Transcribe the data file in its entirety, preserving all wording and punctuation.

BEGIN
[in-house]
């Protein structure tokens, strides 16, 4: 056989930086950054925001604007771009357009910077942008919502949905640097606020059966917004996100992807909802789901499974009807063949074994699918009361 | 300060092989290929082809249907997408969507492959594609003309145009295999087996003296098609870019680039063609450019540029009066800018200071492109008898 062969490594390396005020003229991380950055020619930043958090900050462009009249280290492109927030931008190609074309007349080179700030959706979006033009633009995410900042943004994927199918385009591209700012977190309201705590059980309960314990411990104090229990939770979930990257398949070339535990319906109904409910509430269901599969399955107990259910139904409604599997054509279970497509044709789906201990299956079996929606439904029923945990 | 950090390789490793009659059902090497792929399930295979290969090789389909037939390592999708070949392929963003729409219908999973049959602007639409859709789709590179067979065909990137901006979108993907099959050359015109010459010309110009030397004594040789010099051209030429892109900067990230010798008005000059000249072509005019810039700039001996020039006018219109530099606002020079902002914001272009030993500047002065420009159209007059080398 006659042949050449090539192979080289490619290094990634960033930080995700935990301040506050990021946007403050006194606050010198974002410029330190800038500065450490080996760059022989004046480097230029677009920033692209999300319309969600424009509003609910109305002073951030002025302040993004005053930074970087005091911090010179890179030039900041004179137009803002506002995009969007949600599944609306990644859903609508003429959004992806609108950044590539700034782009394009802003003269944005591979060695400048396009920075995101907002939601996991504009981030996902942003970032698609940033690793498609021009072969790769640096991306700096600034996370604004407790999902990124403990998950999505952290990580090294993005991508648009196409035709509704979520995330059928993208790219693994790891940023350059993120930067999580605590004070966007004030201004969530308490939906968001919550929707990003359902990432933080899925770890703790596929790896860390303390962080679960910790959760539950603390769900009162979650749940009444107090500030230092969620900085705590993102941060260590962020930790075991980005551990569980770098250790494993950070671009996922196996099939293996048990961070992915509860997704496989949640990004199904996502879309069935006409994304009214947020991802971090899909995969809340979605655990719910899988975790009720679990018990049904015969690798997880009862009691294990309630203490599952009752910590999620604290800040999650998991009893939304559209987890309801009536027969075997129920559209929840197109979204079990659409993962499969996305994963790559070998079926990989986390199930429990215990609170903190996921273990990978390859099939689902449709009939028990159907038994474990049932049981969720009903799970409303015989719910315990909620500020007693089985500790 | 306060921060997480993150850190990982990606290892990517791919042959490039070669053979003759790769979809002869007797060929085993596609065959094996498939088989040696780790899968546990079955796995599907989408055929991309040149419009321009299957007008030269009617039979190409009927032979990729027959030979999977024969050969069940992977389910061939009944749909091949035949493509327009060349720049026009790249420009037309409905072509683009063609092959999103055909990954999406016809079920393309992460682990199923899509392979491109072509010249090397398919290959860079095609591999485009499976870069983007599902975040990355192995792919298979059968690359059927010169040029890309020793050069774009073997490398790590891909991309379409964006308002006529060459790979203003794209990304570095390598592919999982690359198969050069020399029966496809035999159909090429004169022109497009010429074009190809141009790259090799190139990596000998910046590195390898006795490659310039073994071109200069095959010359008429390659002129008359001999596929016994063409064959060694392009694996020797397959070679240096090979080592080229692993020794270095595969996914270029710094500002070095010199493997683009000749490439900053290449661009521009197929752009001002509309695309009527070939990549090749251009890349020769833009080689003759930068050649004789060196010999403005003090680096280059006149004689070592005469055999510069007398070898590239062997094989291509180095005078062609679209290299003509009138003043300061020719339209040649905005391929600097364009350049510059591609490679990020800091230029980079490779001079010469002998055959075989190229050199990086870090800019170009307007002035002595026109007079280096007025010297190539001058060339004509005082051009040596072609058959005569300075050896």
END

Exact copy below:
[in-house]
């Protein structure tokens, strides 16, 4: 056989930086950054925001604007771009357009910077942008919502949905640097606020059966917004996100992807909802789901499974009807063949074994699918009361 | 300060092989290929082809249907997408969507492959594609003309145009295999087996003296098609870019680039063609450019540029009066800018200071492109008898 062969490594390396005020003229991380950055020619930043958090900050462009009249280290492109927030931008190609074309007349080179700030959706979006033009633009995410900042943004994927199918385009591209700012977190309201705590059980309960314990411990104090229990939770979930990257398949070339535990319906109904409910509430269901599969399955107990259910139904409604599997054509279970497509044709789906201990299956079996929606439904029923945990 | 950090390789490793009659059902090497792929399930295979290969090789389909037939390592999708070949392929963003729409219908999973049959602007639409859709789709590179067979065909990137901006979108993907099959050359015109010459010309110009030397004594040789010099051209030429892109900067990230010798008005000059000249072509005019810039700039001996020039006018219109530099606002020079902002914001272009030993500047002065420009159209007059080398 006659042949050449090539192979080289490619290094990634960033930080995700935990301040506050990021946007403050006194606050010198974002410029330190800038500065450490080996760059022989004046480097230029677009920033692209999300319309969600424009509003609910109305002073951030002025302040993004005053930074970087005091911090010179890179030039900041004179137009803002506002995009969007949600599944609306990644859903609508003429959004992806609108950044590539700034782009394009802003003269944005591979060695400048396009920075995101907002939601996991504009981030996902942003970032698609940033690793498609021009072969790769640096991306700096600034996370604004407790999902990124403990998950999505952290990580090294993005991508648009196409035709509704979520995330059928993208790219693994790891940023350059993120930067999580605590004070966007004030201004969530308490939906968001919550929707990003359902990432933080899925770890703790596929790896860390303390962080679960910790959760539950603390769900009162979650749940009444107090500030230092969620900085705590993102941060260590962020930790075991980005551990569980770098250790494993950070671009996922196996099939293996048990961070992915509860997704496989949640990004199904996502879309069935006409994304009214947020991802971090899909995969809340979605655990719910899988975790009720679990018990049904015969690798997880009862009691294990309630203490599952009752910590999620604290800040999650998991009893939304559209987890309801009536027969075997129920559209929840197109979204079990659409993962499969996305994963790559070998079926990989986390199930429990215990609170903190996921273990990978390859099939689902449709009939028990159907038994474990049932049981969720009903799970409303015989719910315990909620500020007693089985500790 | 306060921060997480993150850190990982990606290892990517791919042959490039070669053979003759790769979809002869007797060929085993596609065959094996498939088989040696780790899968546990079955796995599907989408055929991309040149419009321009299957007008030269009617039979190409009927032979990729027959030979999977024969050969069940992977389910061939009944749909091949035949493509327009060349720049026009790249420009037309409905072509683009063609092959999103055909990954999406016809079920393309992460682990199923899509392979491109072509010249090397398919290959860079095609591999485009499976870069983007599902975040990355192995792919298979059968690359059927010169040029890309020793050069774009073997490398790590891909991309379409964006308002006529060459790979203003794209990304570095390598592919999982690359198969050069020399029966496809035999159909090429004169022109497009010429074009190809141009790259090799190139990596000998910046590195390898006795490659310039073994071109200069095959010359008429390659002129008359001999596929016994063409064959060694392009694996020797397959070679240096090979080592080229692993020794270095595969996914270029710094500002070095010199493997683009000749490439900053290449661009521009197929752009001002509309695309009527070939990549090749251009890349020769833009080689003759930068050649004789060196010999403005003090680096280059006149004689070592005469055999510069007398070898590239062997094989291509180095005078062609679209290299003509009138003043300061020719339209040649905005391929600097364009350049510059591609490679990020800091230029980079490779001079010469002998055959075989190229050199990086870090800019170009307007002035002595026109007079280096007025010297190539001058060339004509005082051009040596072609058959005569300075050896």